Cons:
~ It is going to be expensive because I don't want to mess with it myself
~ The cabinets might suffer from being pulled out and reinstalled, although they are solid wood and probably will be fine - their quality is why we're keeping them
~ They are going to be really high and I may have to use a stepstool
~ We can't remove the lowered ceiling near the windows because the roofline is lower there, so it may look funny to remove the soffits:
Option 2 - Live with it and paint the cabinets as planned, tile the 13" backsplash area with white subway tile and get our black granite counters as planned.  Dress everything up with trim.  Forget about what future owners may think of the short counter 'headroom'.  We do have one 4 ft long area of counter that is tall enough to hold a blender and coffee maker near the fridge:
Pros:
~ Easier
~ Cheaper
~ Cabinets are not too high to reach
I could possibly add an island with electrical that houses our taller appliances
Cons:
~ They may still be ugly, even if I dress them with molding
~ My coffee maker, espresso maker and blender may all have to be crammed into the small counter space by the fridge - which may not even be there if we alter this area to accommodate a standard-sized fridge.  Our current one is 30 inches wide, another what the heck problem!   
~ Resale value, home buyers may be turned off if they notice (I actually didn't when we walked through)
~  And the biggest con, what is the point of updating all the surfaces while ignoring such a big flaw?

So, what say you?  Live with the soffits or rip them out?  I should mention that this is not our 'forever' house, but we do plan to stay in this house for the foreseeable future.  Has anyone removed a soffit but reused their existing cabinets?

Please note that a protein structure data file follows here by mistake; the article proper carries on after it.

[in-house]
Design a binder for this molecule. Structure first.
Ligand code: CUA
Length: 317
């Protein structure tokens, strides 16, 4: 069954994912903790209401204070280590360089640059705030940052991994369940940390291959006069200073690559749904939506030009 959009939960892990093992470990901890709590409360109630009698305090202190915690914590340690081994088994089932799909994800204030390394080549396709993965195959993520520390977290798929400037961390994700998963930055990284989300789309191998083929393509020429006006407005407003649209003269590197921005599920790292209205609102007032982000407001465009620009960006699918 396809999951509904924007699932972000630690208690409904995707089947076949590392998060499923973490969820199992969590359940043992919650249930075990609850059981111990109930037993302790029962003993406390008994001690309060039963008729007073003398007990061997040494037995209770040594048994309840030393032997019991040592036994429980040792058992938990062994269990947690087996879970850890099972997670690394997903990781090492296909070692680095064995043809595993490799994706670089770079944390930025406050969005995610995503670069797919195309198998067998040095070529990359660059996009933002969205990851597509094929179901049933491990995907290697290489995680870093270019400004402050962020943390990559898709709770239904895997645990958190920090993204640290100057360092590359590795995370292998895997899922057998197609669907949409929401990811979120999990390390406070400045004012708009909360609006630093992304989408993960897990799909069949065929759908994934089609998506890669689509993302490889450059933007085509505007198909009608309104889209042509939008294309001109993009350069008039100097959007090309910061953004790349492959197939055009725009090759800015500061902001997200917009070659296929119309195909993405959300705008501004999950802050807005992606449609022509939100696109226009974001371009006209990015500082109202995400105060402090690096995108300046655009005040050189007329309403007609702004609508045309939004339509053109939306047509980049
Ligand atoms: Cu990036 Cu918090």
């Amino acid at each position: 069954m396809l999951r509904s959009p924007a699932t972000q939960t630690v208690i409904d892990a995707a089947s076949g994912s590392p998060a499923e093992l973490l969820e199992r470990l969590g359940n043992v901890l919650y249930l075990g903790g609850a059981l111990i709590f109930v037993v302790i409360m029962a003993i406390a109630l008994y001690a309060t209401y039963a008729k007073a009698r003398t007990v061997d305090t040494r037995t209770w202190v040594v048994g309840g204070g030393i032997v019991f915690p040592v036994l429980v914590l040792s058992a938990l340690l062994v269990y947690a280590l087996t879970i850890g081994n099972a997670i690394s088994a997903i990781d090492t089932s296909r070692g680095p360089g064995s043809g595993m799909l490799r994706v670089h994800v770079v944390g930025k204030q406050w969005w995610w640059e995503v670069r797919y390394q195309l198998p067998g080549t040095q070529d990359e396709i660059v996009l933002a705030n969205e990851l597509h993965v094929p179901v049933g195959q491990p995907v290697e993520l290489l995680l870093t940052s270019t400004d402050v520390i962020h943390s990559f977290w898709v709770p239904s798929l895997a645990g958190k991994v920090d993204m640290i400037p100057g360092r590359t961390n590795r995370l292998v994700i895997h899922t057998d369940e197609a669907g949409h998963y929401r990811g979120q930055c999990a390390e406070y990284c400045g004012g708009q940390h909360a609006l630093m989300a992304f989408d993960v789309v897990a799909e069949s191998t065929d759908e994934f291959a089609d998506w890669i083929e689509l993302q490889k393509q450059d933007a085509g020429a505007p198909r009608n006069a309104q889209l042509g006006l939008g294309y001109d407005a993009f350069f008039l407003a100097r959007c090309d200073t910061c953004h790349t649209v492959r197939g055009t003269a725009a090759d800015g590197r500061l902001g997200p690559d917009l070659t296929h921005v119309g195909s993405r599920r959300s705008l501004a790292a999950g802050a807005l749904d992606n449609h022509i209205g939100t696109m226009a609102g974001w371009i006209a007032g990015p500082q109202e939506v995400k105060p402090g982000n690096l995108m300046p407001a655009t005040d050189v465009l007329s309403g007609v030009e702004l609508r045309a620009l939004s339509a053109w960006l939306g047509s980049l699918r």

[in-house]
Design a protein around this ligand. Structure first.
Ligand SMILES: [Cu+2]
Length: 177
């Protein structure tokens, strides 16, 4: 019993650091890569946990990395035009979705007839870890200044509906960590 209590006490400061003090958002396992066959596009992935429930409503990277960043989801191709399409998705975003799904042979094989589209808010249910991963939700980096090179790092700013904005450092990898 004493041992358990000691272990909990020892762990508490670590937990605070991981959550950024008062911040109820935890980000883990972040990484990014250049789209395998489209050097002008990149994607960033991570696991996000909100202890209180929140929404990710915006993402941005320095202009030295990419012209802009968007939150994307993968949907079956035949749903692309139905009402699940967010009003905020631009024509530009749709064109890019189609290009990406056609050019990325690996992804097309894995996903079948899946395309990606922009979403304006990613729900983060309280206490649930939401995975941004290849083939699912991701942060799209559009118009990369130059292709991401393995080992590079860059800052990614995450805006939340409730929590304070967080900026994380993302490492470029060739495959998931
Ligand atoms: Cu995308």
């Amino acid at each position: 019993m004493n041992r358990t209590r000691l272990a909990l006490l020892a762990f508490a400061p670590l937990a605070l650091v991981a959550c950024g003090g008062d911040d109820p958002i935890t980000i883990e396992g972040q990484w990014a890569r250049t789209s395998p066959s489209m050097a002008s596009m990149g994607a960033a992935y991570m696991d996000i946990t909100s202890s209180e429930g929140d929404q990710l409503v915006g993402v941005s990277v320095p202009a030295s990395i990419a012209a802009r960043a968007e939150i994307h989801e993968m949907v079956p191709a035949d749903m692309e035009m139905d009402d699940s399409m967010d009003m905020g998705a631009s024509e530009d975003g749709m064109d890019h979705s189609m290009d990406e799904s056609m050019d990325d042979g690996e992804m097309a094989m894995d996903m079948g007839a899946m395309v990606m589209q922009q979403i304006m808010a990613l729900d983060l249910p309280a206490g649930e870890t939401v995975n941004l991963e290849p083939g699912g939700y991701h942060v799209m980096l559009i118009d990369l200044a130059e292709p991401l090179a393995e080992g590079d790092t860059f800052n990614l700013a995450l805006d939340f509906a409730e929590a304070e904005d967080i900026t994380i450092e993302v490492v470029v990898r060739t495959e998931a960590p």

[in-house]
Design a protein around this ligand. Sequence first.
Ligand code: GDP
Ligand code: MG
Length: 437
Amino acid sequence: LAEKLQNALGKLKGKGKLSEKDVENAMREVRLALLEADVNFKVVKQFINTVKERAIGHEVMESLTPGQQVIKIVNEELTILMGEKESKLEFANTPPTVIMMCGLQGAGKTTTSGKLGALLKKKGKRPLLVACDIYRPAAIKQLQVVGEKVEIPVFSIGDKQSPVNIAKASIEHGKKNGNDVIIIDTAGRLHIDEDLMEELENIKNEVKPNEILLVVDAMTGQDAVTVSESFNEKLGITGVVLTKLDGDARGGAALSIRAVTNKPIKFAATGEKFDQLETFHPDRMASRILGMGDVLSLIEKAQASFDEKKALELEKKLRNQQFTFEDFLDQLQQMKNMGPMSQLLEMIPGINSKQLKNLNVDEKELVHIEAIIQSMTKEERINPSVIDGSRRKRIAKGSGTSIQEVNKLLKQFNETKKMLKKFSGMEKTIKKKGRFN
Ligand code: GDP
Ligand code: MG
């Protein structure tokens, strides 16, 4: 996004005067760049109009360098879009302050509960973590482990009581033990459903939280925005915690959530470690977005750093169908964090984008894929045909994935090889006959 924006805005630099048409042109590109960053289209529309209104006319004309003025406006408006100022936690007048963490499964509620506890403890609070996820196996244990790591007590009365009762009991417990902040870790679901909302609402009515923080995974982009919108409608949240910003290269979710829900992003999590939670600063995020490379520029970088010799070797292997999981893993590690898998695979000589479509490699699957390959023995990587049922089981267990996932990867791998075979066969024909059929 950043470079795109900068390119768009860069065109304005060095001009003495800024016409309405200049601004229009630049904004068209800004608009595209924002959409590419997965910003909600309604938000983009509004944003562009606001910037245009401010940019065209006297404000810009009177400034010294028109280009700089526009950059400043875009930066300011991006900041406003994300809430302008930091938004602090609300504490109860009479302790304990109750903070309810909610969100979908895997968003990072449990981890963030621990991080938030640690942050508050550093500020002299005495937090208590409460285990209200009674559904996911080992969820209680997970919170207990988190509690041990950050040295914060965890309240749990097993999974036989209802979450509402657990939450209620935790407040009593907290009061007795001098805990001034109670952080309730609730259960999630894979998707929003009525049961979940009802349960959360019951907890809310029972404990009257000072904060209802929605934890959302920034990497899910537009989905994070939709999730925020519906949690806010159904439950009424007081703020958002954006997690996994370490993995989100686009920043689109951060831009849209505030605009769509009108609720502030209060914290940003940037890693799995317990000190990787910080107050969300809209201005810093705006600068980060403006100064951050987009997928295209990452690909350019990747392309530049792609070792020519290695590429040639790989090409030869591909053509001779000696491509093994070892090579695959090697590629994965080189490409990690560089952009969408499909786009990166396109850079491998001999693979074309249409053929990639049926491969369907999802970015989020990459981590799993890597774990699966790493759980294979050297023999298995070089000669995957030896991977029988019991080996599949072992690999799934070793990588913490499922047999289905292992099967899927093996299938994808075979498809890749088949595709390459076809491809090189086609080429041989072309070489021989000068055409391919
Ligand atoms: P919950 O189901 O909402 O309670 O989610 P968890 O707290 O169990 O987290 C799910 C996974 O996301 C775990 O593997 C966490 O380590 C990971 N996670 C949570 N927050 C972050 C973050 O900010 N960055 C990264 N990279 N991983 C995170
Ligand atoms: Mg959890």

36 comments:

Alexson said...

Rip them out! I bet you could at least do the soffit demo yourself to save some money. Little things like that, that make a room less usable, drive me batty.

Kerry said...

Weighing in...
I think they need to go. And soon, so that you have lots of time to enjoy the added space and functionality yourself!

And I agree that you can probably do a lot of the work yourself (maybe all but moving the electrical?). Don't be afraid - any gal who breaks out a spade bit on her lunch break to go spelunking in her soffits can handle a bit of careful demo!

As for the cabinets, lots of folks sell/donate used cabinets when they're renovating, so I'm sure your solid wood ones will hold up just fine if you remove them carefully (ie not with a sledgehammer!)

I don't think the lower ceiling above the window will look strange at all. Since it's on a separate wall, that ceiling frames the window, so it will look just fine with the cabinets raised.

Lindsay said...

Oh my goodness, it's a hard one! We will be facing the SAME issue if and when we redo our kitchen. When Aubrey and I were discussing it, I said..."Leave them" and Aubrey said "lets take them out".

I know the whole debate as to the fact that it's not a "forever house", however, you dont want to go ahead with doing all of the other awesome updates, if you're still going to hate the fact that you left the soffits.

The con that you mentioned: